If you deliver your presentation the same way to each of your customers, you are leaving money on the table.
Think back to your last three customers. One may have been talkative and forthcoming, while the other was quiet and guarded. Perhaps one of your customers lit up when you were talking about the big picture while another only showed interest when you got to the numbers. Even customers in similar industries or roles can have dramatically different personalities. And these Buyer Styles – and how you react to them – can determine whether your meeting is successful or not.
Adjusting your presentation strategy to buyer styles doesn’t have to be as daunting as it sounds. Once you learn how to identify specific personality traits and understand what adjustments you need to make in the way you present, you will have a distinct advantage over your competition.
Below are 4 customer styles based on Social Style Theory and DISC. You’ll learn how to identify different customer styles and what specific presentation strategies are most effective with each type.
4 Buyer Styles and Presentation Strategies:
1. The Amiable Buyer (High S in DISC)
Often the most confusing personality salespeople encounter. Amiable buyers are engaged, ask good questions, seem interested, even make promising statements – and then the deal goes nowhere (to their complete surprise.)
Traits to look for: Friendly and conversational. Agree to meetings even when not a specific need. Responsive. Hates conflict and has trouble saying “no.”
Presentation Strategy for the the Amiable Buyer:
- Verify needs, objectives and timing. Reflect back what the buyer told you.
- Watch for inconsistent body language and probe accordingly.
- Make it easy for the buyer to disagree (“Some customers feel that this is something that they can put off…does that describe you?”)
- Gain agreement on a specific, measurable call-to-action
2. The Analytical Buyer (High C in DISC)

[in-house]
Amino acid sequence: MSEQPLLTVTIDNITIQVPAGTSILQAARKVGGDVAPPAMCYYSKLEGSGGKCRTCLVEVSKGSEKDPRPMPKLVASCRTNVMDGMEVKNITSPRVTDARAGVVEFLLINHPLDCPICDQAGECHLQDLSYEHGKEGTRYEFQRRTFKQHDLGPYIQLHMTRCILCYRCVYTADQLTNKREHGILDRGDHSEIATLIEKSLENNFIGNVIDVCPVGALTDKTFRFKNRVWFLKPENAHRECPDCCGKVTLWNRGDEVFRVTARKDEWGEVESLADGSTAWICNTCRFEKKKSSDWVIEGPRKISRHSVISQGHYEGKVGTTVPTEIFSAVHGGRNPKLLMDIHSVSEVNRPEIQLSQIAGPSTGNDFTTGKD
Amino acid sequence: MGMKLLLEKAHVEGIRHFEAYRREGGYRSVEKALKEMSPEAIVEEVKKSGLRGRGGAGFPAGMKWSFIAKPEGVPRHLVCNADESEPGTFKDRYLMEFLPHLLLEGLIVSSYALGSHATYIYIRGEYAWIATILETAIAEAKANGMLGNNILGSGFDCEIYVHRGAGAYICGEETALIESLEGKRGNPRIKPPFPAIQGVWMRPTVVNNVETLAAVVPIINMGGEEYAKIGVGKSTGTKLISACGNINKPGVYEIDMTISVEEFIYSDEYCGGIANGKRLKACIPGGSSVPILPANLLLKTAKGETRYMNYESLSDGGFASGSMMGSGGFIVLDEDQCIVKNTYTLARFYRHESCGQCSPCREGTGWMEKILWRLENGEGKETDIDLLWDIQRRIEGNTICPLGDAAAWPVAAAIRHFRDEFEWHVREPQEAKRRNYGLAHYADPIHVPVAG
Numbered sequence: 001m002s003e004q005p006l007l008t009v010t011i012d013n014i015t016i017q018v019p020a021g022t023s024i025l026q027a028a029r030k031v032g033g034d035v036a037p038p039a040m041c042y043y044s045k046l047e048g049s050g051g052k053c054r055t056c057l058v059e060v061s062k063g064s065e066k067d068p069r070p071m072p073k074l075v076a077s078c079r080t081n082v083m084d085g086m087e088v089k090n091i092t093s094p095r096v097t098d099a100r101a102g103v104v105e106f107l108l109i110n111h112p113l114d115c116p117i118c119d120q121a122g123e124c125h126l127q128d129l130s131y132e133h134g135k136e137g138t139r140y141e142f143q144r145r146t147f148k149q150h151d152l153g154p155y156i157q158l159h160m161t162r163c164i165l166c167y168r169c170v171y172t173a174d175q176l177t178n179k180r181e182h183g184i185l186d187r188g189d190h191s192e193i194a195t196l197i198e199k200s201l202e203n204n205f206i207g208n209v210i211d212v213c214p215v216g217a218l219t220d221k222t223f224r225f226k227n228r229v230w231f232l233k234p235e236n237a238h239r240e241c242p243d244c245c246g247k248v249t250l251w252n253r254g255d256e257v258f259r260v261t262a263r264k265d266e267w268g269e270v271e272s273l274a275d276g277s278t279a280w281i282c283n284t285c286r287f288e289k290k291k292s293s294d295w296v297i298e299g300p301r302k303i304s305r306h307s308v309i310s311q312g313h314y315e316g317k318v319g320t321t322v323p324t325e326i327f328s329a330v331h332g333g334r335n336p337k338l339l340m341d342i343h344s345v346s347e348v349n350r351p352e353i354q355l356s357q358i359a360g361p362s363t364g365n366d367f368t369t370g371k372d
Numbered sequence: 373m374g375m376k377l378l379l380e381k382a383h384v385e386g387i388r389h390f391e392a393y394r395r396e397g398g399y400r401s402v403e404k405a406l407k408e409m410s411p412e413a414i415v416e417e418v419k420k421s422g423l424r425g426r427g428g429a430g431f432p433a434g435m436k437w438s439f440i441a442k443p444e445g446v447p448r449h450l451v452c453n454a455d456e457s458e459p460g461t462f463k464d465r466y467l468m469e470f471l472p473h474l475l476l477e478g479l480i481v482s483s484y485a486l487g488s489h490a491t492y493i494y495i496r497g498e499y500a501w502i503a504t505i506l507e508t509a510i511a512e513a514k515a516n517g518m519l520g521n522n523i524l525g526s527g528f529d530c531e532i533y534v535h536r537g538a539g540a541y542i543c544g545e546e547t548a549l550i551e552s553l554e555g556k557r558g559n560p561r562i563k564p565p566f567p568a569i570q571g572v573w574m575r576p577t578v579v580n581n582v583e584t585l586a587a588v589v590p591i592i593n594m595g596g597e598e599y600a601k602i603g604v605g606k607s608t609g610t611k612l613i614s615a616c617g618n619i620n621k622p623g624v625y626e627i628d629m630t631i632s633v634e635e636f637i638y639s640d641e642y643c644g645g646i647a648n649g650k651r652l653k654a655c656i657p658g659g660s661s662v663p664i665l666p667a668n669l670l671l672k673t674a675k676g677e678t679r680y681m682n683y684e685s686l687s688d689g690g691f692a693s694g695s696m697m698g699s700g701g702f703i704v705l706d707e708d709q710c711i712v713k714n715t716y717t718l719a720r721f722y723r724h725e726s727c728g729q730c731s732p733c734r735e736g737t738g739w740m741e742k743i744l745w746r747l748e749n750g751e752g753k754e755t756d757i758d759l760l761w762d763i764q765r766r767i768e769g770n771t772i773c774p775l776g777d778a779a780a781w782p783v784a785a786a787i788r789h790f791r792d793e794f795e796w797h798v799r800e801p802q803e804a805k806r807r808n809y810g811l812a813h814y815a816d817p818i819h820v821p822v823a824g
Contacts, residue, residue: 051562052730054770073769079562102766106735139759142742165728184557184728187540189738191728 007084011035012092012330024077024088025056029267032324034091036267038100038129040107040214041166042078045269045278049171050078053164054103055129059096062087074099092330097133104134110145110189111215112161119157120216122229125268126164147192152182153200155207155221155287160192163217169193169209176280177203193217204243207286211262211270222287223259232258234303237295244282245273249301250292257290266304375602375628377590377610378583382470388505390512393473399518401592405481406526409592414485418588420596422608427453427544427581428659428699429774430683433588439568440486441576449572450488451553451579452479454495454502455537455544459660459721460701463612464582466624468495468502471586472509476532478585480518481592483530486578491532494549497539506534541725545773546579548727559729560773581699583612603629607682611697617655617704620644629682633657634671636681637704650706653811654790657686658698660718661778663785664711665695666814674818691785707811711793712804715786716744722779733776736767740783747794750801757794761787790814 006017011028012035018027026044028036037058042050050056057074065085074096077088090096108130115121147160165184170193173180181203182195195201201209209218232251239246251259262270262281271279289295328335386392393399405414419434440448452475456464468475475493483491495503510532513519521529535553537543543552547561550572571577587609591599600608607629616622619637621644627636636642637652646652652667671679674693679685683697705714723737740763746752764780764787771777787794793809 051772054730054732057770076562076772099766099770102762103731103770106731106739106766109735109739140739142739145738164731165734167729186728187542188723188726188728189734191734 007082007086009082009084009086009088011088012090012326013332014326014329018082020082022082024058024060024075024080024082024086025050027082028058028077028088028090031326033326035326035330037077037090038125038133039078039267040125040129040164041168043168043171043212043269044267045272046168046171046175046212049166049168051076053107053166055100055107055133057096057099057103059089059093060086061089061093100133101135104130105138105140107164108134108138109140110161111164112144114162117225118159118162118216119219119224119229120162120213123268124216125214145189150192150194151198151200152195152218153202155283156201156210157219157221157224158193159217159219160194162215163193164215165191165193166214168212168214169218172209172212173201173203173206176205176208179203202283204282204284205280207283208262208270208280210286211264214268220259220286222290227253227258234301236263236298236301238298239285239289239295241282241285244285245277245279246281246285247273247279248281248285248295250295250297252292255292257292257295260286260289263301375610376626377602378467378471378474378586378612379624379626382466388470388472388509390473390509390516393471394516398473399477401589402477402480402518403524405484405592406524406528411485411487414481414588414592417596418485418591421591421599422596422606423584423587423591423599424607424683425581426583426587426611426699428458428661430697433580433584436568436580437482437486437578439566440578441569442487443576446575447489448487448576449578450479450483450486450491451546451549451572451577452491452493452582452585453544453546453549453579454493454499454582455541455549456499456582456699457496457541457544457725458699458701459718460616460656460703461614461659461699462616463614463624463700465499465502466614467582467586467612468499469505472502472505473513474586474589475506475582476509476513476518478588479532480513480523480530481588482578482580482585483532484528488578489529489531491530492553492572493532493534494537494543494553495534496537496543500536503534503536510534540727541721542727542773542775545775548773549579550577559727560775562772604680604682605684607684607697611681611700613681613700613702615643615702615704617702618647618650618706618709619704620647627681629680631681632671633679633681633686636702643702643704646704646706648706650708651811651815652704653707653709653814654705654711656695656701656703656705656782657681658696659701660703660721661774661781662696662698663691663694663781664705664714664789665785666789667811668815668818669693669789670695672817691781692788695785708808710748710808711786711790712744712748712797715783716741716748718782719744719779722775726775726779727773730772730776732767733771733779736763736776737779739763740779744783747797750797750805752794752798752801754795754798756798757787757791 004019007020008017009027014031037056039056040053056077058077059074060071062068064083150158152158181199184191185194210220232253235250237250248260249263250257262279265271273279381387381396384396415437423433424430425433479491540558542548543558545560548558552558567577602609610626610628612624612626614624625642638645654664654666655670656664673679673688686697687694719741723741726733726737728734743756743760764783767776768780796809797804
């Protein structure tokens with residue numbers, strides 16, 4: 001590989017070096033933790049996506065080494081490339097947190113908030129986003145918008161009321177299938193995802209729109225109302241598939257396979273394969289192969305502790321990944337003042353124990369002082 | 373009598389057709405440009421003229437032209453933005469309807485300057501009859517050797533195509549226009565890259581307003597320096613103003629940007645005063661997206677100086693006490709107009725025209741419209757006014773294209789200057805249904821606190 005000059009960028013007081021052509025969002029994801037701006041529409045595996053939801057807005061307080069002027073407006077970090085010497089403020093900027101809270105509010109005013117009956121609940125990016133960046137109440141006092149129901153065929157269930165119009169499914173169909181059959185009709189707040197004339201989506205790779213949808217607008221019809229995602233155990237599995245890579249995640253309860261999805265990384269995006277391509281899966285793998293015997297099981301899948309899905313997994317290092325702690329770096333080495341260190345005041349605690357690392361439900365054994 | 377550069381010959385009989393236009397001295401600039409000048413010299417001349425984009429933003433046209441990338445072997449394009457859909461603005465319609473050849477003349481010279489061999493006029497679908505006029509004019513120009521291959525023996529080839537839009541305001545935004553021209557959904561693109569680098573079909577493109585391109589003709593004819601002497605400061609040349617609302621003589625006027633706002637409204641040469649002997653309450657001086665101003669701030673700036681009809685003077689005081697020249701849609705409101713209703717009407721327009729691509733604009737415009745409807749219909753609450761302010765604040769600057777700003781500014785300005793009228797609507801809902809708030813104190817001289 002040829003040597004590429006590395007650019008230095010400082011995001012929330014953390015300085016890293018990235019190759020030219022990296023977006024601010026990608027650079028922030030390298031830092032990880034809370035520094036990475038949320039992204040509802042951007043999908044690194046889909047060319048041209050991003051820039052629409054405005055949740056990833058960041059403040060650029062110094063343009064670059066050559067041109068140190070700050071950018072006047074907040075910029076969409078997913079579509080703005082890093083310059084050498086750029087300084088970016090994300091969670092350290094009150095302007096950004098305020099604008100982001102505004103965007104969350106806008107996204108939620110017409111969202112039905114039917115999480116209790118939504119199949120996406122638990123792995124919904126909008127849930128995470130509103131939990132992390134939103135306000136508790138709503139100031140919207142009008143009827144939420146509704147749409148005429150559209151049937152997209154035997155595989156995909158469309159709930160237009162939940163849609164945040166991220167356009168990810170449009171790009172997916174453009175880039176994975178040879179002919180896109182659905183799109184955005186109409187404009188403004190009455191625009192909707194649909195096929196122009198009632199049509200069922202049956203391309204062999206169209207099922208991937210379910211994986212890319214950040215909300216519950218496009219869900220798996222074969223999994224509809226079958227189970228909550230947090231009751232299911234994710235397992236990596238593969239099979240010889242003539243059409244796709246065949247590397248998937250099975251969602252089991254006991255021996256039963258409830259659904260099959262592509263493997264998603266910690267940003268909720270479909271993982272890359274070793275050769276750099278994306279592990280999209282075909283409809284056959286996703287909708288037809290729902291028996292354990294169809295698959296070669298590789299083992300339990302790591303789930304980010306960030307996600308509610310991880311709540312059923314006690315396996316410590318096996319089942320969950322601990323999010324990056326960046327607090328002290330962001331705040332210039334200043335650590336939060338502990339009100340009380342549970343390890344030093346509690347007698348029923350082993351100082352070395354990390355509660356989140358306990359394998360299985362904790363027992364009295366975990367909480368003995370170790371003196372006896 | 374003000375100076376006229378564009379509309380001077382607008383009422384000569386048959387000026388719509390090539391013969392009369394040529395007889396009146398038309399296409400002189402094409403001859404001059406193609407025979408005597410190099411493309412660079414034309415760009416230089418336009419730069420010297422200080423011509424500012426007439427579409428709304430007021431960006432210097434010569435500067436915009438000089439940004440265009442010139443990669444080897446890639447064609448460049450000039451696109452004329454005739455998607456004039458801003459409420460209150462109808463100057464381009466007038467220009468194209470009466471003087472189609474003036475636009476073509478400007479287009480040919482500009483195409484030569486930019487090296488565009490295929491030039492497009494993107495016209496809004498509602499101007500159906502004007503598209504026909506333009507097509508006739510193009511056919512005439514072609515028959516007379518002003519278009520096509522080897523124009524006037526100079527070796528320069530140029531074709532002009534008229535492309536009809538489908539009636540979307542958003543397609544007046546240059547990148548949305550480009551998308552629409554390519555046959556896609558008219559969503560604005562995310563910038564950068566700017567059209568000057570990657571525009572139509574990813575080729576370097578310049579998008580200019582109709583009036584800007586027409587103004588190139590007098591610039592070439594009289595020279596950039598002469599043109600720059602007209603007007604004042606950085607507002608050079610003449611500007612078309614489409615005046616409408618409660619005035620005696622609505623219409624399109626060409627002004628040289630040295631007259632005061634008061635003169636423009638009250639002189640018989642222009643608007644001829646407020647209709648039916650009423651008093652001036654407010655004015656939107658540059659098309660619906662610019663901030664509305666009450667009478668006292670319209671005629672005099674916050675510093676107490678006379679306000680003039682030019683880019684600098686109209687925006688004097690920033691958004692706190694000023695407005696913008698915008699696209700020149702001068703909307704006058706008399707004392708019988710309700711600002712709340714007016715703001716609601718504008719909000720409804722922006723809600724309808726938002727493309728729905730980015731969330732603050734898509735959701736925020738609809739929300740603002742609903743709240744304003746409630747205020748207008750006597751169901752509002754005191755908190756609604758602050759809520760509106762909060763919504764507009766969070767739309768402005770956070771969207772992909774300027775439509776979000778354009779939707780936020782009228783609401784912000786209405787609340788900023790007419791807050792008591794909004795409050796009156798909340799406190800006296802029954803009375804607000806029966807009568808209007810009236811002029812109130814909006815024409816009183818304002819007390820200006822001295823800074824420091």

Like it says in the name, this buyer likes to analyze. Buyers in certain technical or financial roles often fall into this category, although you can find them within any organization.
Traits to look for: Detail-oriented. Skeptical of vague statements and general or overzealous claims. Deals in facts. Likes to analyze and compare. Risk adverse and takes time making decisions.
Presentation Strategy for the Analytical Buyer:
- Build your case logically and methodically.
- Provide details and examples along the way.
- Limit the hyperbole and stick to the facts.
- Have sources ready. (These are the customers who will ask to see or want to double check your math!)
- Use metrics and success stories to reduce perception of risk.
3. The Expressive Buyer (High I in DISC)
Many salespeople are also expressive personalities, which makes it easier for them to relate to this extroverted, outgoing buyer.
Traits to look for: Assertive and outgoing. Shorter-than-average attention span. Big picture person. Can be impulsive and makes decisions quickly.
Presentation Strategy for Expressive Buyer:
- Break your topics into smaller (2-3 minute) chunks. A long monologue will lose this buyer right out of the gate.
- Use a variety of engagement techniques (stories, questions, whiteboard, etc.) to maintain the Expressive Buyer’s attention.
- Stay out of the weeds! Focus on the “what” not the “how.”
- Summarize succinctly and often.
- Get immediate commitment to the next step before you’re out of sight and out of mind!
4. The Driver Buyer (High D in DISC)
The higher you go in an organization, the more likely you are to find yourself seated across from a Driver. Direct and to the point, Drivers can be intimidating for inexperienced or unprepared sellers.
Traits to look for: Assertive. Not afraid to state his opinions or expectations. Places needs above relationships. Time-sensitive. Likes to be in control. Tough negotiator.
Presentation Strategy for the Driver Buyer:
- Cut to the chase. Start with what is most important or of interest to your customer. This could be a Key issue, an Insight or Benefit
- Focus on facts and results.
- Be assertive. Stand your ground with a Driver or they will chew you up. (Not comfortable with drivers or lack confidence in this area? Click here for some specific things you can do)
- Use good eye contact.
- Get comfortable with silence.
There are many variations of each style, but likely one of these personality styles will be dominant in your customer. Learn to recognize what Buyer Styles you’re working with and use these presentation strategies to help you communicate more successfully and improve your chances for success.
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